Uganda Intensifies Surveillance, Preparedness against Monkey pox

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The Ministry of health has heightened surveillances across the country against Monkey pox. On Monday, Uganda announced it has no confirmed case of monkey pox disease.

Henry Mwebesa, the Director General of health services, said although Uganda has not registered any case, there is a need to increase surveillance after the disease spread to 23 non-endemic countries worldwide and eight endemic countries in Africa, including neighboring Democratic Republic of Congo.

He says the ministry of health is working closely with partners to monitor the evolving situation of the Monkey pox outbreak in different parts of the world,” he said in a statement issued in Kampala, the capital.

Monkey pox is a viral disease transmitted from animals to humans and is caused by the Monkey pox virus.

Itโ€™s transmitted from one person to another by close contact with body fluids, respiratory droplets and contaminated materials like beddings, eating inadequate cooked meat and other animal products of infected animals is also a possible risk factor.

The incubation period of moneybox ranges from 6 to 13 days. Research shows that 3-6 % of people succumb to the disease.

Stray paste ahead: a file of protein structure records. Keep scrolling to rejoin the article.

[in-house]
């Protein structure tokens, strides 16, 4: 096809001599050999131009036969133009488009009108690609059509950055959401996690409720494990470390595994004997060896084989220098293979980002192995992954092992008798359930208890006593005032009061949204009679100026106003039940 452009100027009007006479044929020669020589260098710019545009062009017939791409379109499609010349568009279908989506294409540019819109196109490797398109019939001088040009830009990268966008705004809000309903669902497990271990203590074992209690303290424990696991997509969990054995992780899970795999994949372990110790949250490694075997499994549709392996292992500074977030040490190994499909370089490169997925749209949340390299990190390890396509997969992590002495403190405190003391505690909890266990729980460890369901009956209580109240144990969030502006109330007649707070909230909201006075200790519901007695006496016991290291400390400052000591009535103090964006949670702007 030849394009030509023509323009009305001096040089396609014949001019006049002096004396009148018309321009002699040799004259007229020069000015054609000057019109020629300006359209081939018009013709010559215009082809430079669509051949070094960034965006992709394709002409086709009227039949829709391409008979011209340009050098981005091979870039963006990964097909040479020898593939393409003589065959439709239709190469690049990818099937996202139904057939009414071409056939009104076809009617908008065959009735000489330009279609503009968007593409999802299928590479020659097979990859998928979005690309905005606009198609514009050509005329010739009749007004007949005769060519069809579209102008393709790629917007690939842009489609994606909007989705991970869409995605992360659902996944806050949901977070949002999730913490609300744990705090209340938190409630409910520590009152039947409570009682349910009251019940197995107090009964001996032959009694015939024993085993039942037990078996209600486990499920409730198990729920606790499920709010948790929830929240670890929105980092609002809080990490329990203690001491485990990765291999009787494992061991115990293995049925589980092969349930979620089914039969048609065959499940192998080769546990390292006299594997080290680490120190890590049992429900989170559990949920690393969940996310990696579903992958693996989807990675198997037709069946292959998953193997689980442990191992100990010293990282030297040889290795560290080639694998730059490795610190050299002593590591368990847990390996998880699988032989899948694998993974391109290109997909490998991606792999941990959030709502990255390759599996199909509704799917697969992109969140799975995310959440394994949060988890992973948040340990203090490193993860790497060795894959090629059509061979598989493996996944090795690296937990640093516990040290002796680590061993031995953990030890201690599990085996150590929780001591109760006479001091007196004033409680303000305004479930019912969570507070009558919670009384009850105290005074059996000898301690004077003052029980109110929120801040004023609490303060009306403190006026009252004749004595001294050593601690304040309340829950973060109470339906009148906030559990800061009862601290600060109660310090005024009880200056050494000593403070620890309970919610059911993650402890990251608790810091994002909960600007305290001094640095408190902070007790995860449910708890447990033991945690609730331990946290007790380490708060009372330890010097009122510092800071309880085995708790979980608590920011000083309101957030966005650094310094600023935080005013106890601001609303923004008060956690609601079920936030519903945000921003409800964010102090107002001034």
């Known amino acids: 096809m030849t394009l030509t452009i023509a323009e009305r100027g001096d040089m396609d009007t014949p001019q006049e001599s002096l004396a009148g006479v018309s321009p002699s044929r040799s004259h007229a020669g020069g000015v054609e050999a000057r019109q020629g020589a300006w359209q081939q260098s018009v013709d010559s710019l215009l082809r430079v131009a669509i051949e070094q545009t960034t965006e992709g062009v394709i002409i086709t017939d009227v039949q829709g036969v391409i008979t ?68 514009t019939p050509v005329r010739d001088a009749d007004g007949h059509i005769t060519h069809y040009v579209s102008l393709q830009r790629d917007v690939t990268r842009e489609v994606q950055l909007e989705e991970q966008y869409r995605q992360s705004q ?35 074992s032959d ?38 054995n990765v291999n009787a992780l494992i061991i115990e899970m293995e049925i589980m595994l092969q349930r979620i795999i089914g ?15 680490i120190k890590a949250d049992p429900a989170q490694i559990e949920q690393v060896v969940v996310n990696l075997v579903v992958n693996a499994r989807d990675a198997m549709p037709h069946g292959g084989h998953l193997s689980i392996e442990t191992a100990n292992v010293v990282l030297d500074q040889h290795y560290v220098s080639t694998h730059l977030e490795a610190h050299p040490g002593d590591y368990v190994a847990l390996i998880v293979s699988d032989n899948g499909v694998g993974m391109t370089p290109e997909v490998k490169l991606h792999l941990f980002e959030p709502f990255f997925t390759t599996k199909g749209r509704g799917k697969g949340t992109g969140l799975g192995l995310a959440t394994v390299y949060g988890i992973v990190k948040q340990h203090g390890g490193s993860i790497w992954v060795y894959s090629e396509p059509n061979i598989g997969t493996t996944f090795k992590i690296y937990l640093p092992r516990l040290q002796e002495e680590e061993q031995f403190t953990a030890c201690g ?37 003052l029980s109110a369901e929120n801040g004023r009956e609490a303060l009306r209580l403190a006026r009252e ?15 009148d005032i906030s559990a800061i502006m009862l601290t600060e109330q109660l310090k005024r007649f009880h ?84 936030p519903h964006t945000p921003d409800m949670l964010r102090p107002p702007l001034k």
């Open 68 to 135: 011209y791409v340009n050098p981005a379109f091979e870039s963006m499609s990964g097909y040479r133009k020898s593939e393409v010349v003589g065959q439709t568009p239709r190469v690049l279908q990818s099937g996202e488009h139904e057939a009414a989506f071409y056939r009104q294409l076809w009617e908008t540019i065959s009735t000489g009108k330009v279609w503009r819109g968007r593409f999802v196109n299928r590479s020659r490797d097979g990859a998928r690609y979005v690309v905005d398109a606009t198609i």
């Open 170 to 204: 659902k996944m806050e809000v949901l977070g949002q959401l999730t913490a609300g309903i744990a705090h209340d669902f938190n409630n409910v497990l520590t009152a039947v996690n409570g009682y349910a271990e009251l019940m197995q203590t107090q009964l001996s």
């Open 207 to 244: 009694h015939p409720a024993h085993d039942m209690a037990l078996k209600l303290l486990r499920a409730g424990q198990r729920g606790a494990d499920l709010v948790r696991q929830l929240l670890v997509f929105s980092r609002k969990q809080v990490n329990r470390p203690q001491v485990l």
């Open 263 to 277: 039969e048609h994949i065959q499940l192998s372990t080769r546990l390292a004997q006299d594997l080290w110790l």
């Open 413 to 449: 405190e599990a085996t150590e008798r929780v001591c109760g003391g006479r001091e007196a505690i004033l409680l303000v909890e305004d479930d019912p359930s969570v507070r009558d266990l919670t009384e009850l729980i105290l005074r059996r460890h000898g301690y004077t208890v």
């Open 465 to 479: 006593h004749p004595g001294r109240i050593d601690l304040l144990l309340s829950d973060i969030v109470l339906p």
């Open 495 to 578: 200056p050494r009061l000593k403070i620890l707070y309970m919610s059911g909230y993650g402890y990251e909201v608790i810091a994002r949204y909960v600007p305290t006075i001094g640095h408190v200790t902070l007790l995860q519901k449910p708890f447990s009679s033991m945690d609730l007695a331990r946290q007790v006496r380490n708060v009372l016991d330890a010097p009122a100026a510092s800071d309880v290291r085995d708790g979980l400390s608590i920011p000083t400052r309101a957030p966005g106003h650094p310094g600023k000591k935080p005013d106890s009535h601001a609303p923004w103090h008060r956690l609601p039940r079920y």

Signs and symptoms of the Monkey pox disease include, fever, rash, intense headache, swelling of the lymph nodes, back pain, muscle aches and general body weakness.

It should also be noted that Sometimes symptoms may disappear even without treatment. The most vulnerable groups of people are the children and individuals with a low immunity system.

According to Ministry of health, Monkey pox can be prevented by avoiding physical contact or direct contact including sexual contact.

If someone is suspected of having Monkey pox, they should isolate and stay at home or in an appropriate facility until the disease is managed.

The general public is therefore advised to remain vigilant and report any suspected patients to the nearest health worker immediately or alternatively, one can call Ministry of Health on toll free lone 0800100066 or send a text message to 6767.

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